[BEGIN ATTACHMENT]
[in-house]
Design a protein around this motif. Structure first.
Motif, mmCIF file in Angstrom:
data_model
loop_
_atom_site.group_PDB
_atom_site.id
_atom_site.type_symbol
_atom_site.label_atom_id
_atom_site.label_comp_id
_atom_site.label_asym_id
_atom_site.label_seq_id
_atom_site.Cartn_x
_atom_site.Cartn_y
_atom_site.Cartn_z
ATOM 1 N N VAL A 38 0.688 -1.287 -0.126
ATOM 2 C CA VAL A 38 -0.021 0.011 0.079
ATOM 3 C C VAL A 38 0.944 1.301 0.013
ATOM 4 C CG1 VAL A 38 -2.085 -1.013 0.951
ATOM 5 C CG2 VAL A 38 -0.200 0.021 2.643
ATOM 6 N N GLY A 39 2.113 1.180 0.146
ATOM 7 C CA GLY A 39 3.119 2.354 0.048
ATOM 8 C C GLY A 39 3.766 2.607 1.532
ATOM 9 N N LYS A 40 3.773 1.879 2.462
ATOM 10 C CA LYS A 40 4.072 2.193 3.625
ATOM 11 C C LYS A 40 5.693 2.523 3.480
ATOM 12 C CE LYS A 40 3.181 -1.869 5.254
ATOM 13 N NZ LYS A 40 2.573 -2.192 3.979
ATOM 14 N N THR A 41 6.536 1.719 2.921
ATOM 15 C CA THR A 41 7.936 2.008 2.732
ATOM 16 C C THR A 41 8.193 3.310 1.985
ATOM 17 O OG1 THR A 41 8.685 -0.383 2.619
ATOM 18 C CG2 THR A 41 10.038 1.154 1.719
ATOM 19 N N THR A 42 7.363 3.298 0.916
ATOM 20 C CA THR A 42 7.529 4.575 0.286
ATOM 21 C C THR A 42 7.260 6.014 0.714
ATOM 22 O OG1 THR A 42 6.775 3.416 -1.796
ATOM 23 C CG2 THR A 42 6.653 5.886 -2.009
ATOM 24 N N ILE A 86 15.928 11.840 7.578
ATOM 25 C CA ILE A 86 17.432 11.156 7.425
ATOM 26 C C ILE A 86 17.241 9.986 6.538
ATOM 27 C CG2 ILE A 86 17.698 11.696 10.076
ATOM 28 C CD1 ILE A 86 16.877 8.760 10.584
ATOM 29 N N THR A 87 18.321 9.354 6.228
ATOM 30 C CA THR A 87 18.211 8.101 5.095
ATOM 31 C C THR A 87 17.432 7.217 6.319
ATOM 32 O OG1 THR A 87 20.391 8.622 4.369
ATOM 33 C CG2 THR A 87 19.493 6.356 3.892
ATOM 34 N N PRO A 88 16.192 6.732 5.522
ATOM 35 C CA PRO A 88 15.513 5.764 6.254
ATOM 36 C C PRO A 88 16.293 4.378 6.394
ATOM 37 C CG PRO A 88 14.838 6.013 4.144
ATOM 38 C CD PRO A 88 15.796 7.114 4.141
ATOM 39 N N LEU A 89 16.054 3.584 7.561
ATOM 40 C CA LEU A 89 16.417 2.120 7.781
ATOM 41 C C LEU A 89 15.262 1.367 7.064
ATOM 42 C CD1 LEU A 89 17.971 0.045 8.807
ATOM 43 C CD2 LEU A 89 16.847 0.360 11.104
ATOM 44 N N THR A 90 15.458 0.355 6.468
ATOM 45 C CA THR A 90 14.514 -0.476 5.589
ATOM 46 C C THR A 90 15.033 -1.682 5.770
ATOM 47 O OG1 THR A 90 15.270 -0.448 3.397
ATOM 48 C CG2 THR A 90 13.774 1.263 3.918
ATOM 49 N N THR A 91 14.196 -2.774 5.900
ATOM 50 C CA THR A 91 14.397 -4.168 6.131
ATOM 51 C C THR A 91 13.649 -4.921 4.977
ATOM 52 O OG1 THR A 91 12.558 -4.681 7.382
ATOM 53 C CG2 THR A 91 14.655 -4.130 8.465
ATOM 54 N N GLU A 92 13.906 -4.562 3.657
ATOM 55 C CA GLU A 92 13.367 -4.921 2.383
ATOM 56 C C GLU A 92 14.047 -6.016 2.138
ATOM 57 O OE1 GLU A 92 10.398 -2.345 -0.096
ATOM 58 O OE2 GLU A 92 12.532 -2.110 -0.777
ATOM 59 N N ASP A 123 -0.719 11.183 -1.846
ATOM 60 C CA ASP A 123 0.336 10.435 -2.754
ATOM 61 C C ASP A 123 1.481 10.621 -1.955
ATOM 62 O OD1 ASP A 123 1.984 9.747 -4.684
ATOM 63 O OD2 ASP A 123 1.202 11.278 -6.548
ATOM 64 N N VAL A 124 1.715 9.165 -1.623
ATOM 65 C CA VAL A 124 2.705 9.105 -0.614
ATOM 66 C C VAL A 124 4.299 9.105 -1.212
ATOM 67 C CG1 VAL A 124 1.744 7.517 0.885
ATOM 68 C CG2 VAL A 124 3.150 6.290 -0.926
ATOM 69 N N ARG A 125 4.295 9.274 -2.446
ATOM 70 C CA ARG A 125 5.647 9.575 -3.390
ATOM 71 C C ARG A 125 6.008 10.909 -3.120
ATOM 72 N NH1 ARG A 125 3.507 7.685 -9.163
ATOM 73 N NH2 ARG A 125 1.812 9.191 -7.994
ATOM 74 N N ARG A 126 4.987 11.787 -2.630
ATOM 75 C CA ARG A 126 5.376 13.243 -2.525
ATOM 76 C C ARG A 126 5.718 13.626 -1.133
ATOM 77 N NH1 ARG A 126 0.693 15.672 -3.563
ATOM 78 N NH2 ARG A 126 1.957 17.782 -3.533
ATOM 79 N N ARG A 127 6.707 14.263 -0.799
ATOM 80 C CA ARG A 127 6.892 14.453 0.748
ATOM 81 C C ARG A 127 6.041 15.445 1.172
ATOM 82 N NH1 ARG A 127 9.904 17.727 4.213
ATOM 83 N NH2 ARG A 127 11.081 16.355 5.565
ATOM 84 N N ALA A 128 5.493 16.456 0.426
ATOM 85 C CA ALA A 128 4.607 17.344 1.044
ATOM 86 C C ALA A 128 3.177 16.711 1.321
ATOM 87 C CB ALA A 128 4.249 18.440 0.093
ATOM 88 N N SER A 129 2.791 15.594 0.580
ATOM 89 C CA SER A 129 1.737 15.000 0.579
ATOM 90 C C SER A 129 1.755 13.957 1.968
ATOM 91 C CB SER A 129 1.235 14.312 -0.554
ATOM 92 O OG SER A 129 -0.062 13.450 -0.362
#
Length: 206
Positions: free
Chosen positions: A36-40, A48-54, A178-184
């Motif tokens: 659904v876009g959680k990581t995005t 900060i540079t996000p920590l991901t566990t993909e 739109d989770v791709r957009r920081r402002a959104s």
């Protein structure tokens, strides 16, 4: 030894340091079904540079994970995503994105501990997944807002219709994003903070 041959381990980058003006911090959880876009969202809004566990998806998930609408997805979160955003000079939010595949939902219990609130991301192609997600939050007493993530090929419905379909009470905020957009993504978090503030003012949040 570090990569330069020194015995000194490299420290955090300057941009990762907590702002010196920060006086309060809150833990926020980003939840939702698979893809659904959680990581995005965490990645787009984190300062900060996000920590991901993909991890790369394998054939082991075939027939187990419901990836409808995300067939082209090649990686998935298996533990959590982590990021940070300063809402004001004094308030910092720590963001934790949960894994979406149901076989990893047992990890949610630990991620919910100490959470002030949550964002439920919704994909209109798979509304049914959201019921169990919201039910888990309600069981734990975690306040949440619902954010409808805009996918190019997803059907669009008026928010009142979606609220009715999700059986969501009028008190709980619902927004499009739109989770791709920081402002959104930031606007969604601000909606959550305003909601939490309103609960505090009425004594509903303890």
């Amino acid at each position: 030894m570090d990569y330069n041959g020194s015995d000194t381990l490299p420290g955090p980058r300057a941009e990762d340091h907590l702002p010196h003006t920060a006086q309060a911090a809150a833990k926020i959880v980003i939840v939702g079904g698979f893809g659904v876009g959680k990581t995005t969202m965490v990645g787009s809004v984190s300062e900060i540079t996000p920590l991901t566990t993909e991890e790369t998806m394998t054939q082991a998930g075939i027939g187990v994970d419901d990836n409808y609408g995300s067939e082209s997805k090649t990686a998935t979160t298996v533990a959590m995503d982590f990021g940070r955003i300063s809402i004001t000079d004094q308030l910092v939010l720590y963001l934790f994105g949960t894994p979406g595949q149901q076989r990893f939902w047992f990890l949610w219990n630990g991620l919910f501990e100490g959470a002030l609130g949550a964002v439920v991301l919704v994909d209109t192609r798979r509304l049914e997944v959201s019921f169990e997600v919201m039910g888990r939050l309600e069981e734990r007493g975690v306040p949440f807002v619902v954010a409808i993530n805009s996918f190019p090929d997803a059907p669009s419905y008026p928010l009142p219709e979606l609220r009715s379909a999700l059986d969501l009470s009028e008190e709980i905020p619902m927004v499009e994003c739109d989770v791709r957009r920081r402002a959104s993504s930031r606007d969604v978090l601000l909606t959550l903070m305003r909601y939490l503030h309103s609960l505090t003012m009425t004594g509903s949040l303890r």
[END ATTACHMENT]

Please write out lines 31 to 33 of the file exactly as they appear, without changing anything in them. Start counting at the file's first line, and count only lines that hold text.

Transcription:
ATOM 16 C C THR A 41 8.193 3.310 1.985
ATOM 17 O OG1 THR A 41 8.685 -0.383 2.619
ATOM 18 C CG2 THR A 41 10.038 1.154 1.719